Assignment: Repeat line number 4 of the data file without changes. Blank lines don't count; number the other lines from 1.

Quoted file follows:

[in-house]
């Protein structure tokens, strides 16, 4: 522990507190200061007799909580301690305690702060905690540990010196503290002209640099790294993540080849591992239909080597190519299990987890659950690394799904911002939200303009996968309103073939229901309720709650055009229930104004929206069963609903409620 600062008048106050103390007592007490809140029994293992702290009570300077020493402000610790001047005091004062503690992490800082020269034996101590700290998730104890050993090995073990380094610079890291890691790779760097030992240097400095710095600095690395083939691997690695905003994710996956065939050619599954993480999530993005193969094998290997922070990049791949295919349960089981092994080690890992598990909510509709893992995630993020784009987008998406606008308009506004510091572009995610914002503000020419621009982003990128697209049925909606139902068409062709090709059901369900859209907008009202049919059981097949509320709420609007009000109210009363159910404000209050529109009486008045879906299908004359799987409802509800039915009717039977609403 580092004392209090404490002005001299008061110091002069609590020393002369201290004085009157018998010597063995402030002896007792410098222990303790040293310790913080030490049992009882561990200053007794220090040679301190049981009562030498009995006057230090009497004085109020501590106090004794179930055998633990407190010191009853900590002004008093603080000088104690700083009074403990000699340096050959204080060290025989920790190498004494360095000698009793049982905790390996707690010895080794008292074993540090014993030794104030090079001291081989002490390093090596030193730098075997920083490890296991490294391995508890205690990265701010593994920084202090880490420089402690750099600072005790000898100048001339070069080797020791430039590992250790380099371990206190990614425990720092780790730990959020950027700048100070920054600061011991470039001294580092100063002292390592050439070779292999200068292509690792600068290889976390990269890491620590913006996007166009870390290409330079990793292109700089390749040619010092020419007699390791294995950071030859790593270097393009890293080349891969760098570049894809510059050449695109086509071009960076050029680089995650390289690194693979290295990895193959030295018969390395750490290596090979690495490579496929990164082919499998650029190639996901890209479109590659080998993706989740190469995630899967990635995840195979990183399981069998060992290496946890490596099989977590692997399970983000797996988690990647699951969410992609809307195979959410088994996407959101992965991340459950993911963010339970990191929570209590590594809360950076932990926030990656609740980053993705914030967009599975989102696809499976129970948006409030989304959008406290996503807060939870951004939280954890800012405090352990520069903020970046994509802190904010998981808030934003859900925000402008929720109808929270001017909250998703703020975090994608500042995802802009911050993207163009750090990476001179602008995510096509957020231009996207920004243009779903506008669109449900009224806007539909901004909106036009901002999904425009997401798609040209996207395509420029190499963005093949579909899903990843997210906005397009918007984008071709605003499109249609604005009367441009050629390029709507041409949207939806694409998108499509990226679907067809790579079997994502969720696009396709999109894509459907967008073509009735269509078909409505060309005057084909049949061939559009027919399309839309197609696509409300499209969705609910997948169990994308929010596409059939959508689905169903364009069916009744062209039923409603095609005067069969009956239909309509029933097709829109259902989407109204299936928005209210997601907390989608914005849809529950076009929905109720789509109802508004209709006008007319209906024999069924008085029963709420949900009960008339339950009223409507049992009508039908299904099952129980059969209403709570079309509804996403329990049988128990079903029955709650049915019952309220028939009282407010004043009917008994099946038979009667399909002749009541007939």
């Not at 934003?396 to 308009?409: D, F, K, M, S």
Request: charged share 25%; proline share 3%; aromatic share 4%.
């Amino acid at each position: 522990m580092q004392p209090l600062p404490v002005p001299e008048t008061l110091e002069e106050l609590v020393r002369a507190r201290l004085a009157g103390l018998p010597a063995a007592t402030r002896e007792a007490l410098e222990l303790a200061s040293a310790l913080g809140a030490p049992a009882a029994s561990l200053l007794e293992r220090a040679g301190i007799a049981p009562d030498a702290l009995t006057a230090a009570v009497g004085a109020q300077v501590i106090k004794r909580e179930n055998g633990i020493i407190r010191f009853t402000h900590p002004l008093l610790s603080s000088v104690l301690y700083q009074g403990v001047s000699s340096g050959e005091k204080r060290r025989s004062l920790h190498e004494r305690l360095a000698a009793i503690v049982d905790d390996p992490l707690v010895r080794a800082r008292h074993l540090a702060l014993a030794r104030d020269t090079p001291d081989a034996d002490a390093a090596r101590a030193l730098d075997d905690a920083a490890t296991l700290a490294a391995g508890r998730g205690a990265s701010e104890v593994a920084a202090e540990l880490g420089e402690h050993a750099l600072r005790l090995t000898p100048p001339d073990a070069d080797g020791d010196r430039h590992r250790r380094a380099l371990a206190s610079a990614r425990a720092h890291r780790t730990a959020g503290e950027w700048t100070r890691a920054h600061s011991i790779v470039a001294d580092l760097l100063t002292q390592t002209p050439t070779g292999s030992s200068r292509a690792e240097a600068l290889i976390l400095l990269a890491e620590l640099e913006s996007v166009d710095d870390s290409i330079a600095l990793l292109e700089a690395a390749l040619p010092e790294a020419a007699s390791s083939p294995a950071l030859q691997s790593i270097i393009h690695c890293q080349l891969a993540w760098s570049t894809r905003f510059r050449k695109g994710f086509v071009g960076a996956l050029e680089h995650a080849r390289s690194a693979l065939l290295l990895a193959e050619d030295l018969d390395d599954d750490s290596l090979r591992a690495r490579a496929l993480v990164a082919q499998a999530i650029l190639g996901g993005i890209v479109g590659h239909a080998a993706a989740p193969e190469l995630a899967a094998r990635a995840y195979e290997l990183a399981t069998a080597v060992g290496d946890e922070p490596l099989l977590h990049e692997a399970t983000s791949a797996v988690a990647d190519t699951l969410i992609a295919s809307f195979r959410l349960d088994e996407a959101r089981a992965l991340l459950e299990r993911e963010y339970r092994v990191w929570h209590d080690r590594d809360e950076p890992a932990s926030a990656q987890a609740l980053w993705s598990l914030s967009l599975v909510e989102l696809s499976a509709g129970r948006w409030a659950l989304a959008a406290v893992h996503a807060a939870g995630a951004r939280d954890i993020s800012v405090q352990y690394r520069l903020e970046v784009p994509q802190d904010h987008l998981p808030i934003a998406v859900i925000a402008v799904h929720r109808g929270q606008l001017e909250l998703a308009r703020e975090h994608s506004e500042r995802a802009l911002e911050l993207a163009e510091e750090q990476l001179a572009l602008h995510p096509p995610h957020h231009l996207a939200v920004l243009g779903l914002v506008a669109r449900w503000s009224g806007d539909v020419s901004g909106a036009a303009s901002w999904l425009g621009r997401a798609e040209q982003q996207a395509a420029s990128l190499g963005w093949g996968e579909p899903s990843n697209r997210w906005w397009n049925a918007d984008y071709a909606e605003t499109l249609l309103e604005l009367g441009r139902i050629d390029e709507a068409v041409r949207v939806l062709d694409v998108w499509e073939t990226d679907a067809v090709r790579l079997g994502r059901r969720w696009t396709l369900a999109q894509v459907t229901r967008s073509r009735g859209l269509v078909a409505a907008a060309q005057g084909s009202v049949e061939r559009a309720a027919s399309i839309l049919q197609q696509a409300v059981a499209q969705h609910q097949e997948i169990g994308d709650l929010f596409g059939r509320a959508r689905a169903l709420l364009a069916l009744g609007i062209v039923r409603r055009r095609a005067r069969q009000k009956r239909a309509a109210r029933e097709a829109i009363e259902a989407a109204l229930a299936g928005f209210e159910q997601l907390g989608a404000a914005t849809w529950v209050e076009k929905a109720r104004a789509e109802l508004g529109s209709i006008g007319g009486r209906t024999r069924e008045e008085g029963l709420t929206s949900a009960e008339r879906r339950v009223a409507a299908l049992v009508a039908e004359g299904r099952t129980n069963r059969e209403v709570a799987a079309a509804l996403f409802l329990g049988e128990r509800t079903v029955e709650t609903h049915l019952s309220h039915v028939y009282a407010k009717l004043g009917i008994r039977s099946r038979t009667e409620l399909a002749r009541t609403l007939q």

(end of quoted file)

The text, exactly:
Request: charged share 25%; proline share 3%; aromatic share 4%.